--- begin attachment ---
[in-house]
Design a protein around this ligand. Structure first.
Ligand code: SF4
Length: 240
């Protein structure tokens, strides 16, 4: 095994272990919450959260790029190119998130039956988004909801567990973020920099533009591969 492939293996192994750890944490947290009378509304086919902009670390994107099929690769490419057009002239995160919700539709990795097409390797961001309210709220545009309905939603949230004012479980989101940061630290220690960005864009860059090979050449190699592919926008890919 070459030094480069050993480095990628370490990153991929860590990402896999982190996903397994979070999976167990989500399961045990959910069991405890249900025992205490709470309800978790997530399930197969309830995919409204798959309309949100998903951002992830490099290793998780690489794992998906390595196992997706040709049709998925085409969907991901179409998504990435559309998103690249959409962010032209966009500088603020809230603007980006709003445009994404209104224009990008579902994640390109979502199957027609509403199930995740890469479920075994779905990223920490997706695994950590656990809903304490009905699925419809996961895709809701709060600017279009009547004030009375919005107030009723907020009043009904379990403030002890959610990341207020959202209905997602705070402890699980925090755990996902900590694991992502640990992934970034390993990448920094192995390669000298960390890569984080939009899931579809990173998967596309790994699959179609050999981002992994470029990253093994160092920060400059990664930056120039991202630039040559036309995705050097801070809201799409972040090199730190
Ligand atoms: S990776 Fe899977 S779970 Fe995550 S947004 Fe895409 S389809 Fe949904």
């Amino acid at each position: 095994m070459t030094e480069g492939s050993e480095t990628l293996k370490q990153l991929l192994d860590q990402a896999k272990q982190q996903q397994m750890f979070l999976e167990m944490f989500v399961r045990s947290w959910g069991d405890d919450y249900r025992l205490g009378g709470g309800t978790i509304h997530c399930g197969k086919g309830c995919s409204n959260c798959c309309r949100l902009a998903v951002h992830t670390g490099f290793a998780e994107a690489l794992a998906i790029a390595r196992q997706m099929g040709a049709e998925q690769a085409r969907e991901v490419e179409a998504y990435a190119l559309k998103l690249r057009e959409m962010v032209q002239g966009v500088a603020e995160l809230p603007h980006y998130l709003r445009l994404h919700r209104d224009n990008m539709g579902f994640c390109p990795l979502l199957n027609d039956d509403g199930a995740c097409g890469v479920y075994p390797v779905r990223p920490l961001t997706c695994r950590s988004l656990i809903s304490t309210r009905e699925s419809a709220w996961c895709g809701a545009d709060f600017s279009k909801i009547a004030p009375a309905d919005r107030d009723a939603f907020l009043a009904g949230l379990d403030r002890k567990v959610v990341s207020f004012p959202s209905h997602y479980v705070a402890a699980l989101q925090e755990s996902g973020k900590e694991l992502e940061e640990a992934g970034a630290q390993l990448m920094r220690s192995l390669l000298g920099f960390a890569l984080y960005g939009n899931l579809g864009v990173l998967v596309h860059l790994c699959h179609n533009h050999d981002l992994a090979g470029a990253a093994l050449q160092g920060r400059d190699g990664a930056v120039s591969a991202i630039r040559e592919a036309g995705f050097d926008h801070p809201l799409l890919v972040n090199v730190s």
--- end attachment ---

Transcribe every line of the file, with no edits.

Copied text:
[in-house]
Design a protein around this ligand. Structure first.
Ligand code: SF4
Length: 240
């Protein structure tokens, strides 16, 4: 095994272990919450959260790029190119998130039956988004909801567990973020920099533009591969 492939293996192994750890944490947290009378509304086919902009670390994107099929690769490419057009002239995160919700539709990795097409390797961001309210709220545009309905939603949230004012479980989101940061630290220690960005864009860059090979050449190699592919926008890919 070459030094480069050993480095990628370490990153991929860590990402896999982190996903397994979070999976167990989500399961045990959910069991405890249900025992205490709470309800978790997530399930197969309830995919409204798959309309949100998903951002992830490099290793998780690489794992998906390595196992997706040709049709998925085409969907991901179409998504990435559309998103690249959409962010032209966009500088603020809230603007980006709003445009994404209104224009990008579902994640390109979502199957027609509403199930995740890469479920075994779905990223920490997706695994950590656990809903304490009905699925419809996961895709809701709060600017279009009547004030009375919005107030009723907020009043009904379990403030002890959610990341207020959202209905997602705070402890699980925090755990996902900590694991992502640990992934970034390993990448920094192995390669000298960390890569984080939009899931579809990173998967596309790994699959179609050999981002992994470029990253093994160092920060400059990664930056120039991202630039040559036309995705050097801070809201799409972040090199730190
Ligand atoms: S990776 Fe899977 S779970 Fe995550 S947004 Fe895409 S389809 Fe949904």
């Amino acid at each position: 095994m070459t030094e480069g492939s050993e480095t990628l293996k370490q990153l991929l192994d860590q990402a896999k272990q982190q996903q397994m750890f979070l999976e167990m944490f989500v399961r045990s947290w959910g069991d405890d919450y249900r025992l205490g009378g709470g309800t978790i509304h997530c399930g197969k086919g309830c995919s409204n959260c798959c309309r949100l902009a998903v951002h992830t670390g490099f290793a998780e994107a690489l794992a998906i790029a390595r196992q997706m099929g040709a049709e998925q690769a085409r969907e991901v490419e179409a998504y990435a190119l559309k998103l690249r057009e959409m962010v032209q002239g966009v500088a603020e995160l809230p603007h980006y998130l709003r445009l994404h919700r209104d224009n990008m539709g579902f994640c390109p990795l979502l199957n027609d039956d509403g199930a995740c097409g890469v479920y075994p390797v779905r990223p920490l961001t997706c695994r950590s988004l656990i809903s304490t309210r009905e699925s419809a709220w996961c895709g809701a545009d709060f600017s279009k909801i009547a004030p009375a309905d919005r107030d009723a939603f907020l009043a009904g949230l379990d403030r002890k567990v959610v990341s207020f004012p959202s209905h997602y479980v705070a402890a699980l989101q925090e755990s996902g973020k900590e694991l992502e940061e640990a992934g970034a630290q390993l990448m920094r220690s192995l390669l000298g920099f960390a890569l984080y960005g939009n899931l579809g864009v990173l998967v596309h860059l790994c699959h179609n533009h050999d981002l992994a090979g470029a990253a093994l050449q160092g920060r400059d190699g990664a930056v120039s591969a991202i630039r040559e592919a036309g995705f050097d926008h801070p809201l799409l890919v972040n090199v730190s």